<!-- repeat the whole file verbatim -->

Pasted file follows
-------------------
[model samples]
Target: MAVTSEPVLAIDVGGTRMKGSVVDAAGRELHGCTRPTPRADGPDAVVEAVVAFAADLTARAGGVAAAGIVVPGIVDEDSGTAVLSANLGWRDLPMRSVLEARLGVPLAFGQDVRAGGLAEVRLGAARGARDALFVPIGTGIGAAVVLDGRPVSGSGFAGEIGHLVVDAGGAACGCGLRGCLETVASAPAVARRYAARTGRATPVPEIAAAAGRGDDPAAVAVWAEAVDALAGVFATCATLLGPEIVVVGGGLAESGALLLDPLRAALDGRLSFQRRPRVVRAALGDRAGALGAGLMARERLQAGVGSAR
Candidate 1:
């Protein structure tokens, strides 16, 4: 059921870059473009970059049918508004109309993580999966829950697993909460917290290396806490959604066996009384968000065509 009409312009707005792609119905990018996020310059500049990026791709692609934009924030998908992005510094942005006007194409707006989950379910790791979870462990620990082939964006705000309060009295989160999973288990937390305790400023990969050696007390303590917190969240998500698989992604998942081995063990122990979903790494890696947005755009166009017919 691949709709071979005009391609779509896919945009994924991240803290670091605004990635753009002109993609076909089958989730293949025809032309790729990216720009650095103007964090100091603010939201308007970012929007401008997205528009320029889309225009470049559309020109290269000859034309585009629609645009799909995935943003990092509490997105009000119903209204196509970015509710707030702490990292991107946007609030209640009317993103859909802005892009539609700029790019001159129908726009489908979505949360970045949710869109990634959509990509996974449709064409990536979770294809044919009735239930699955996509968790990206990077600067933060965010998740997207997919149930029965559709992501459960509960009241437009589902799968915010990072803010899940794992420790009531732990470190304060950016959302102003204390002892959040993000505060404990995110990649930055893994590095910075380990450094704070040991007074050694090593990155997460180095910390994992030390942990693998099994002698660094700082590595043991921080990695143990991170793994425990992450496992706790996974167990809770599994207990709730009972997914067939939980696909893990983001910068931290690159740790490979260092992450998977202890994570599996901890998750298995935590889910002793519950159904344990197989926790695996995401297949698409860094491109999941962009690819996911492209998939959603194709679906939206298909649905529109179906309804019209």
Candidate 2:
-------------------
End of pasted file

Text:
[model samples]
Target: MAVTSEPVLAIDVGGTRMKGSVVDAAGRELHGCTRPTPRADGPDAVVEAVVAFAADLTARAGGVAAAGIVVPGIVDEDSGTAVLSANLGWRDLPMRSVLEARLGVPLAFGQDVRAGGLAEVRLGAARGARDALFVPIGTGIGAAVVLDGRPVSGSGFAGEIGHLVVDAGGAACGCGLRGCLETVASAPAVARRYAARTGRATPVPEIAAAAGRGDDPAAVAVWAEAVDALAGVFATCATLLGPEIVVVGGGLAESGALLLDPLRAALDGRLSFQRRPRVVRAALGDRAGALGAGLMARERLQAGVGSAR
Candidate 1:
């Protein structure tokens, strides 16, 4: 059921870059473009970059049918508004109309993580999966829950697993909460917290290396806490959604066996009384968000065509 009409312009707005792609119905990018996020310059500049990026791709692609934009924030998908992005510094942005006007194409707006989950379910790791979870462990620990082939964006705000309060009295989160999973288990937390305790400023990969050696007390303590917190969240998500698989992604998942081995063990122990979903790494890696947005755009166009017919 691949709709071979005009391609779509896919945009994924991240803290670091605004990635753009002109993609076909089958989730293949025809032309790729990216720009650095103007964090100091603010939201308007970012929007401008997205528009320029889309225009470049559309020109290269000859034309585009629609645009799909995935943003990092509490997105009000119903209204196509970015509710707030702490990292991107946007609030209640009317993103859909802005892009539609700029790019001159129908726009489908979505949360970045949710869109990634959509990509996974449709064409990536979770294809044919009735239930699955996509968790990206990077600067933060965010998740997207997919149930029965559709992501459960509960009241437009589902799968915010990072803010899940794992420790009531732990470190304060950016959302102003204390002892959040993000505060404990995110990649930055893994590095910075380990450094704070040991007074050694090593990155997460180095910390994992030390942990693998099994002698660094700082590595043991921080990695143990991170793994425990992450496992706790996974167990809770599994207990709730009972997914067939939980696909893990983001910068931290690159740790490979260092992450998977202890994570599996901890998750298995935590889910002793519950159904344990197989926790695996995401297949698409860094491109999941962009690819996911492209998939959603194709679906939206298909649905529109179906309804019209």
Candidate 2: